It doesn’t matter hiring foreign-based players where the stadium is full of stones. It will not help much because the players will come, no matter how skilled they are, no matter how talented they are they will find the problem with the stadium. There are people who are mistaken and say let’s move on, but it is difficult to move on when you have unanswered questions and unresolved issues around the issue of legitimacy. If you choose to move on in that situation, you are simply moving around.
It is not possible to move on without resolving the legitimacy issues. This is not difficult, we just need to agree on what happened and that it shouldn’t happen again. How do we go again to the people and say your vote counts? You cannot have an opposition that garners over two million votes and fails to form a government, it is impossible. They know what they did and they know the reality.
ND: Are you ready for a GNU?
NC: Dialogue doesn’t mean that there will be a Government of National Unity or inclusive government, but dialogue is a gesture of moving the nation forward. This country is divided and it requires a united front. Without unity of purpose and singularity of the national objectives and common vision, it is difficult to have answers to people’s problems. It is impossible. Going to the international community with a divided view will not help us because there are questions that need to be resolved.
They date from way back and nothing much has changed. The same problems that were there in the 2000 elections are the same problems experienced in 2002, 2005, 2008, 2013 and now. Anyone who thinks a Cabinet can work miracles, especially when that Cabinet is contested, a disputed Cabinet appointed by a disputed leader cannot produce a result which is credible.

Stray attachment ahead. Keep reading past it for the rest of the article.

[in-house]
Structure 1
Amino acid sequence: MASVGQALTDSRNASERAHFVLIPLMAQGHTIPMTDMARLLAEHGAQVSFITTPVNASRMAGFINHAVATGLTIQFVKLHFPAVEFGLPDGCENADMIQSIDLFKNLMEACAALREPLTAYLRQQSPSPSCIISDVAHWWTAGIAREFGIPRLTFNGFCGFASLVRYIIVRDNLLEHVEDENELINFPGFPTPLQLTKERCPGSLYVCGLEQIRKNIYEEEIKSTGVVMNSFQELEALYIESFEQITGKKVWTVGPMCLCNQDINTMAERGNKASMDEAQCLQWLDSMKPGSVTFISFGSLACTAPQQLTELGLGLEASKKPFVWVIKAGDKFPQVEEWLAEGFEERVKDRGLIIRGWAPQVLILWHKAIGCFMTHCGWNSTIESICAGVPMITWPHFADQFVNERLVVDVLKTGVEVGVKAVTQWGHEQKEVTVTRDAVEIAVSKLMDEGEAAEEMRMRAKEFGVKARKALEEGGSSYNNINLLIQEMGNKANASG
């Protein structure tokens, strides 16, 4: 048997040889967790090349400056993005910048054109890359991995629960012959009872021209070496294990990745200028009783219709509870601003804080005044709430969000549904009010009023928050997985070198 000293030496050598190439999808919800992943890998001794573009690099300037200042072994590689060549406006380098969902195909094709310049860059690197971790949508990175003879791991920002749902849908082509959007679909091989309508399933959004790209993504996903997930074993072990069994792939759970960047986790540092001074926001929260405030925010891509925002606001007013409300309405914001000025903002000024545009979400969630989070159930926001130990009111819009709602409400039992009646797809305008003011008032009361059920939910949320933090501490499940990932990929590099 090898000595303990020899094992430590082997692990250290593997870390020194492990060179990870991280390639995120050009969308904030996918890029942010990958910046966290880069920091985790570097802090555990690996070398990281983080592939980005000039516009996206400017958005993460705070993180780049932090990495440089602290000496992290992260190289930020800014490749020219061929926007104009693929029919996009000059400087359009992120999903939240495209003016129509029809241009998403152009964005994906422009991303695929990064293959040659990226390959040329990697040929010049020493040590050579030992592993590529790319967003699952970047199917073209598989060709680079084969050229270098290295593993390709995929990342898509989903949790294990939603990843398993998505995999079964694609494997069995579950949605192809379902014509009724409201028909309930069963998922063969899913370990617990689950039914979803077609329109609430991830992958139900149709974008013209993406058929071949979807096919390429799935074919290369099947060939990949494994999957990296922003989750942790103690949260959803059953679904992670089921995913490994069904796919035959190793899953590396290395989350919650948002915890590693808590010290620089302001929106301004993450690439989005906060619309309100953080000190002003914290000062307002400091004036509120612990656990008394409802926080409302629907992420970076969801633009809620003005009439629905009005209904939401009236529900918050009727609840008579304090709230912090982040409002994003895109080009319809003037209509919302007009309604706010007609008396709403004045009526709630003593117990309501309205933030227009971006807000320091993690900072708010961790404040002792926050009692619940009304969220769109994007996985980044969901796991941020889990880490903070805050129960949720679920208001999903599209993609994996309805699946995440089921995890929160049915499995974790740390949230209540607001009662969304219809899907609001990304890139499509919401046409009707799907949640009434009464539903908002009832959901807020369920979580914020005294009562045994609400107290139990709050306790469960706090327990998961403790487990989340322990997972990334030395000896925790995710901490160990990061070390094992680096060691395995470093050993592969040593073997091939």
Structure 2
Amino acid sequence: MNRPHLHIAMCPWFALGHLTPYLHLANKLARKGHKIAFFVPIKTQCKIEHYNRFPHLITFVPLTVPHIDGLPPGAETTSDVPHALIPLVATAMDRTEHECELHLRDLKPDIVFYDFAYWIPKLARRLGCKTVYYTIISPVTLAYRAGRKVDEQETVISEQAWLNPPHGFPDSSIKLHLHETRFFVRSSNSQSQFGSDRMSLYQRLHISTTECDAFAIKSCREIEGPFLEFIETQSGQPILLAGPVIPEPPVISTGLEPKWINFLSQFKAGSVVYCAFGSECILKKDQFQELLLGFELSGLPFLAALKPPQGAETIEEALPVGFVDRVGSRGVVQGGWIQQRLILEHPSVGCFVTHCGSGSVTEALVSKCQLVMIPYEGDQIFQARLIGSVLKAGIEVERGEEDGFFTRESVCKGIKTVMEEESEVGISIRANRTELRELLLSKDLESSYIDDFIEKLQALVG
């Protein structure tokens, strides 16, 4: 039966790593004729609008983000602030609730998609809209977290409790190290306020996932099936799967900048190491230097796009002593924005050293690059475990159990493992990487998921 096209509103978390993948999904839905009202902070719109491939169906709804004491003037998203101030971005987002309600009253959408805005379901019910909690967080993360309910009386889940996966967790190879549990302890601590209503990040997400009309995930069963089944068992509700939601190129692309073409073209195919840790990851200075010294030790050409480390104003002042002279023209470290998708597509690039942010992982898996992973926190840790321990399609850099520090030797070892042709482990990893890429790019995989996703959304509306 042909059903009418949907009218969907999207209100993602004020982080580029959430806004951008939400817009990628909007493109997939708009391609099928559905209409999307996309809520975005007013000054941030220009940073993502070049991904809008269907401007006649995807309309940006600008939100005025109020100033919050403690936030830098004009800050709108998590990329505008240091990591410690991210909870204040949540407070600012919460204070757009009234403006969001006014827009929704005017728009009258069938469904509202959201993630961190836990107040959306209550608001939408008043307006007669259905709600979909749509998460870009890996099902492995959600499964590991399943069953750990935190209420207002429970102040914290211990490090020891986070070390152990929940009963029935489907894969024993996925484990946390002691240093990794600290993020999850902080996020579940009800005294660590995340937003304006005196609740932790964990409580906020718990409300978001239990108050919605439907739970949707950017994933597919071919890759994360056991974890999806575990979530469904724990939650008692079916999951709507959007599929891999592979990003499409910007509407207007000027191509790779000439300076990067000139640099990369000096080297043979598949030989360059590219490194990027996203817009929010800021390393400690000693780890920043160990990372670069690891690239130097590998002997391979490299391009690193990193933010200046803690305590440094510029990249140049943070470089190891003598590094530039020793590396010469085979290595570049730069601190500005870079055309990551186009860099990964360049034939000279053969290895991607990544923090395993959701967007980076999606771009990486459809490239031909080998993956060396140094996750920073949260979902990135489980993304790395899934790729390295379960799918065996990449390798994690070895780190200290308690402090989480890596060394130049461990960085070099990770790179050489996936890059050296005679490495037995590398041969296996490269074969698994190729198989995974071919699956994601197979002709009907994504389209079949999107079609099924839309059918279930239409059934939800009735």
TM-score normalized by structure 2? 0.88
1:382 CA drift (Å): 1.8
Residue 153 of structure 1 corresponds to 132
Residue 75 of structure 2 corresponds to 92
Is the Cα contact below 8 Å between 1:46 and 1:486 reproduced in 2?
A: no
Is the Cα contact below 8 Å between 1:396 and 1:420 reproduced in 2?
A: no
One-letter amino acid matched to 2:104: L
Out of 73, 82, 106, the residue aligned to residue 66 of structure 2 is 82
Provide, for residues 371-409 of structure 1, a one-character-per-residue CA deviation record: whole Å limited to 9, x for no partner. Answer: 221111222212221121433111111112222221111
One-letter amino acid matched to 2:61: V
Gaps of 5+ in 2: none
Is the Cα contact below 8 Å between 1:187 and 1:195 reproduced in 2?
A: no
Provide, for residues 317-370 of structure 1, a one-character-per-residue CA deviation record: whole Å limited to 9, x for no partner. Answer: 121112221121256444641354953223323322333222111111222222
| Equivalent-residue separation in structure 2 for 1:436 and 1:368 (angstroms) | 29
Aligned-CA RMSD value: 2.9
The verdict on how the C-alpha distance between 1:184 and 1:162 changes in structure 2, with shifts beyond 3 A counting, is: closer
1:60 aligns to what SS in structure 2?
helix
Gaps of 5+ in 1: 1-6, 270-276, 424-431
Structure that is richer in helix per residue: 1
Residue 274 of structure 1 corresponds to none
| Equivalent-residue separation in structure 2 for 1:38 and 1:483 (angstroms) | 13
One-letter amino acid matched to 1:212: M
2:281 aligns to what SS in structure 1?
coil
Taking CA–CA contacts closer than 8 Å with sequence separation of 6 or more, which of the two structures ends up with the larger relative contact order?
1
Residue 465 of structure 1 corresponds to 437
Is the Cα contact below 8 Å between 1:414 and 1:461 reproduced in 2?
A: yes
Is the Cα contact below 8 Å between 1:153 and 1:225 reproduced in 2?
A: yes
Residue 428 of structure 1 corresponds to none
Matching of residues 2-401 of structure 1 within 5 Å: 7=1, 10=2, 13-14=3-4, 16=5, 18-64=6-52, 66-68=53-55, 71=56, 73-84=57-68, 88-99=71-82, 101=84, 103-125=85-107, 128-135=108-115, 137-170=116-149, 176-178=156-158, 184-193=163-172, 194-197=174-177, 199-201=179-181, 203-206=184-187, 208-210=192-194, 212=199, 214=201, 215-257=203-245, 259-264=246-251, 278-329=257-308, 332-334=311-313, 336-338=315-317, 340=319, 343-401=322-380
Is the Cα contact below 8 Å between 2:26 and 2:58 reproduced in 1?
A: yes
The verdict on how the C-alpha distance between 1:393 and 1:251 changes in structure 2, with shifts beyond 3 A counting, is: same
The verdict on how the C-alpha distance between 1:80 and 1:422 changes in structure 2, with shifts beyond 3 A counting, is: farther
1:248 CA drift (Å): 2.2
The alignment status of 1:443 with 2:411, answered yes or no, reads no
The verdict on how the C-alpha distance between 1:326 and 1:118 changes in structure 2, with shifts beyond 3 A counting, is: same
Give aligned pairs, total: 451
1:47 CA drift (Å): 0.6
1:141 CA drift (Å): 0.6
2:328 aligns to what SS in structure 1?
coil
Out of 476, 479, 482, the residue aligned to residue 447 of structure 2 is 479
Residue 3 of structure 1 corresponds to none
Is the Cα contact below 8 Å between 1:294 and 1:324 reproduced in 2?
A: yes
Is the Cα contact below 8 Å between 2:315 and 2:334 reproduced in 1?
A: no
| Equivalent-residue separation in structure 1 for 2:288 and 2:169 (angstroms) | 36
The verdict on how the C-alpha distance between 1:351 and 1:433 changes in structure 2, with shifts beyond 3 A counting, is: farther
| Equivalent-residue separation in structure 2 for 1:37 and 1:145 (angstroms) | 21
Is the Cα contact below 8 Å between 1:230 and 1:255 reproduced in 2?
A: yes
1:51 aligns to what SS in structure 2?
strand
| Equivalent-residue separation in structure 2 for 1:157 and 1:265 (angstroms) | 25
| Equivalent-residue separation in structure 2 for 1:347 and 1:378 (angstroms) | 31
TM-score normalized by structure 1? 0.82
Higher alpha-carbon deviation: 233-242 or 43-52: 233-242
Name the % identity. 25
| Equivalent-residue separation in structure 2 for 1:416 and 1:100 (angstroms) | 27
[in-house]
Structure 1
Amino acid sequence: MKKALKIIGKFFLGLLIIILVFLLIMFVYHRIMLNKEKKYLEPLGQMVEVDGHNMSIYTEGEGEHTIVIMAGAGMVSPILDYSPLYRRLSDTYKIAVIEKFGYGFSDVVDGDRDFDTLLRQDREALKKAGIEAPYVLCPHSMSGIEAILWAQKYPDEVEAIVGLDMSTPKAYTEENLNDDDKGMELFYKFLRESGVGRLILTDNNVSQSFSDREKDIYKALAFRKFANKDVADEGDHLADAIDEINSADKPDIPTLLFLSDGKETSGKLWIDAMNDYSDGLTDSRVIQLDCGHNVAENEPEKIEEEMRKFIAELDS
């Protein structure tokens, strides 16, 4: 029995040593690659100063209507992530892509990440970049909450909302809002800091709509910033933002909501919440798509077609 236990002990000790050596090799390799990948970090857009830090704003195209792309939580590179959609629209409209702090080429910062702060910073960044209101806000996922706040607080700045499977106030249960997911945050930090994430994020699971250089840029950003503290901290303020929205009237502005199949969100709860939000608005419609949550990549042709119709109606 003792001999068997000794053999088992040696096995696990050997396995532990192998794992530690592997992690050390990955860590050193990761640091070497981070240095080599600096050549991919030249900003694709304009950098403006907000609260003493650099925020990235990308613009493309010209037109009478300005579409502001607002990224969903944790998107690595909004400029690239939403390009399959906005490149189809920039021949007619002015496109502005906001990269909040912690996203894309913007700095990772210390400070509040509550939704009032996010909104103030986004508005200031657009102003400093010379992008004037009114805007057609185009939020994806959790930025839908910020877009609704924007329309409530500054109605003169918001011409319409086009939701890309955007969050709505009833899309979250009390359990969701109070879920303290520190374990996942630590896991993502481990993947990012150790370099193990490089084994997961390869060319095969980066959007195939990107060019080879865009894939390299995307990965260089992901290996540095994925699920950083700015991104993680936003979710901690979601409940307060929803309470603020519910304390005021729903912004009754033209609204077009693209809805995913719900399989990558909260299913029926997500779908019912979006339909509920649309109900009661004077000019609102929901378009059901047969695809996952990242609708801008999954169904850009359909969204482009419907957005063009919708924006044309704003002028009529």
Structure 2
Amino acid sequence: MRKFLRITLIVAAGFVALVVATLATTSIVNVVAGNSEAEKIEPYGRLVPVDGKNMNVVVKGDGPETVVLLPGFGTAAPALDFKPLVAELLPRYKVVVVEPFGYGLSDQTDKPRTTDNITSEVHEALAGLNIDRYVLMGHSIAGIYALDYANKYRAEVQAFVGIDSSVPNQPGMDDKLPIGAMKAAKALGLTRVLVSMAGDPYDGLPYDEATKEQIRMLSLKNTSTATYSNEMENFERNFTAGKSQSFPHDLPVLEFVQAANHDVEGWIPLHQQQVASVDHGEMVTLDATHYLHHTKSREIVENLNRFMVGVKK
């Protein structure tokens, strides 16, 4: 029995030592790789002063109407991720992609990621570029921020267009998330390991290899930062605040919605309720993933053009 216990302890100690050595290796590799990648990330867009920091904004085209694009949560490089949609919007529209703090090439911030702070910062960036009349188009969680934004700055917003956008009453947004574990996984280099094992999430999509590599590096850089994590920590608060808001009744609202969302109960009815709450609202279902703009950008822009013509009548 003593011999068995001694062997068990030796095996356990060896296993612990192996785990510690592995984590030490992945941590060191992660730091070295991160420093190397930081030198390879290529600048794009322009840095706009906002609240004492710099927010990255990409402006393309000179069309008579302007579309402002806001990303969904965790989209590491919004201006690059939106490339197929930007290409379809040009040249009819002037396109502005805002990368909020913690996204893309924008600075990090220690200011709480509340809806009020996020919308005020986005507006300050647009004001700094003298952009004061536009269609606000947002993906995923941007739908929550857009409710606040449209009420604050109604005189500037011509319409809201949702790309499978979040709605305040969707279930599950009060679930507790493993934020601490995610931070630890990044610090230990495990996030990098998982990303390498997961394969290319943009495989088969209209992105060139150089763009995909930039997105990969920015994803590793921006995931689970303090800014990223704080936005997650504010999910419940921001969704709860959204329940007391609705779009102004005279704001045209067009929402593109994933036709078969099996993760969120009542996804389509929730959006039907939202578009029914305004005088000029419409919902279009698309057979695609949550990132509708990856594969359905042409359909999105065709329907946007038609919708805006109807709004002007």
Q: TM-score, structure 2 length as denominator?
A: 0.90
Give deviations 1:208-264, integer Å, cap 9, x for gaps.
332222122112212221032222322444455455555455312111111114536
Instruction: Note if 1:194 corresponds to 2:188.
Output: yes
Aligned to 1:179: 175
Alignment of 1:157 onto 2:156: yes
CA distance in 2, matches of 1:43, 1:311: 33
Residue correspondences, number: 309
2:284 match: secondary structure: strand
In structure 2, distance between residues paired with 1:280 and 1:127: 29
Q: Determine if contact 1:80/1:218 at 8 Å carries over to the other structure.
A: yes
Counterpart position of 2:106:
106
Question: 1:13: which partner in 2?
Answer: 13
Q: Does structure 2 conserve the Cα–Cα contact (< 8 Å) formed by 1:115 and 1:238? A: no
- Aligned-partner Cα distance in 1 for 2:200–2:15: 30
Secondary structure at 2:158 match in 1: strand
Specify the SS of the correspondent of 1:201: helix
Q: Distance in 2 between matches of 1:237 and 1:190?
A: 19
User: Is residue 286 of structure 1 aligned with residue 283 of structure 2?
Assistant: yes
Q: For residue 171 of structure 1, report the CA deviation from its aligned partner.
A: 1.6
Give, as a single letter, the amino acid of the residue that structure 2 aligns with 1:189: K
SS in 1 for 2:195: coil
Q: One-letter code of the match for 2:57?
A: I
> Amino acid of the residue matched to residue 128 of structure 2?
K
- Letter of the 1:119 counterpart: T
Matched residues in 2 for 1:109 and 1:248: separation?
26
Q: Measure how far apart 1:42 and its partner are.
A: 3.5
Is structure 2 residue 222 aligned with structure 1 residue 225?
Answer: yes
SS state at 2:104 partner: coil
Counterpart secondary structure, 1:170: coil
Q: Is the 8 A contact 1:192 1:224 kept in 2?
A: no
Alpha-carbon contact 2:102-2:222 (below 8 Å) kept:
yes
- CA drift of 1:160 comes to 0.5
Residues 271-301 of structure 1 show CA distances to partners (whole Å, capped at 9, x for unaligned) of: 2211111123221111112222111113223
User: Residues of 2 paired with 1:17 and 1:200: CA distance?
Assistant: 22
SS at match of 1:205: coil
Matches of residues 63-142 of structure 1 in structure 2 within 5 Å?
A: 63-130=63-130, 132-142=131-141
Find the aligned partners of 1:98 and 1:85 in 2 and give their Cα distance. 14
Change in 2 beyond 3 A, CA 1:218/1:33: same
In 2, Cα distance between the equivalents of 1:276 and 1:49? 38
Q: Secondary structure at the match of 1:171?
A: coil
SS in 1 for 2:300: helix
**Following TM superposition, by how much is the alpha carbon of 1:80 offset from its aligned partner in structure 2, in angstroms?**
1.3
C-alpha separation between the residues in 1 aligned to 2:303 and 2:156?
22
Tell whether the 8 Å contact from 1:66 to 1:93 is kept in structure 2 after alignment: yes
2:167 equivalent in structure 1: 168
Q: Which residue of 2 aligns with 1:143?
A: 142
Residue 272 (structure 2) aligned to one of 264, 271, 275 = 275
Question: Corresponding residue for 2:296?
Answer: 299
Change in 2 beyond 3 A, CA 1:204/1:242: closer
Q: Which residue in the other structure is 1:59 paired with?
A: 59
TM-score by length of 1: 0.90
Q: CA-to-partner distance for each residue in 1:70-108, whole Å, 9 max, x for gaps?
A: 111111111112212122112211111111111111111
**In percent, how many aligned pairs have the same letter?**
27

ND: So, it is not you who refused dialogue?
NC: You must emphasize that because a lot of people think that it is me who is refusing to dialogue. His (Mnangagwa’s) tweet was just a PR (public relations) tweet and on the ground there is nothing, he hasn’t shown any interest.
ND: Do you think Mnangagwa’s government will last the next five years leading to the 2023 elections?
NC: You must understand that we must be recognised because we were players in this election and it takes two to tango. They cannot tango alone because this is a national project and a national project cannot be advanced using a partisan view. It doesn’t work and even the Bible says a house divided amongst itself cannot stand.
ND: So, what is the way forward?
NC: It must be understood that we are not being unreasonable. We want this country to genuinely move forward. People are suffering and a Cabinet that rests on the grounds of illegitimacy and disputed outcome is on shaky ground and even if they want to argue that they are the ones in power, that is not how you move forward. Even in matured democracies, they always find a way to find each other. It is so unfortunate that I am alone in the room with my national approach.
ND: What do you mean when you say you are alone?
NC: I am alone in my national view to unite the country, to be patriotic, to be forward looking. President Mnangagwa is choosing a partisan view. He is forgetting about the national perspective. We contested the election and we won it. Mnangagwa claims he was declared by Zec (Zimbabwe Electoral Commission) and claims that ConCourt (Constitutional Court) declared him, but beyond that the nation must be able to sit and say: What is our national problem? Courts and Zec cannot resolve legitimacy issues. This belongs to the forum of the citizens, the forum of the political players, the forum of the political leadership and that leadership is not one party, but different parties and especially the dominant parties.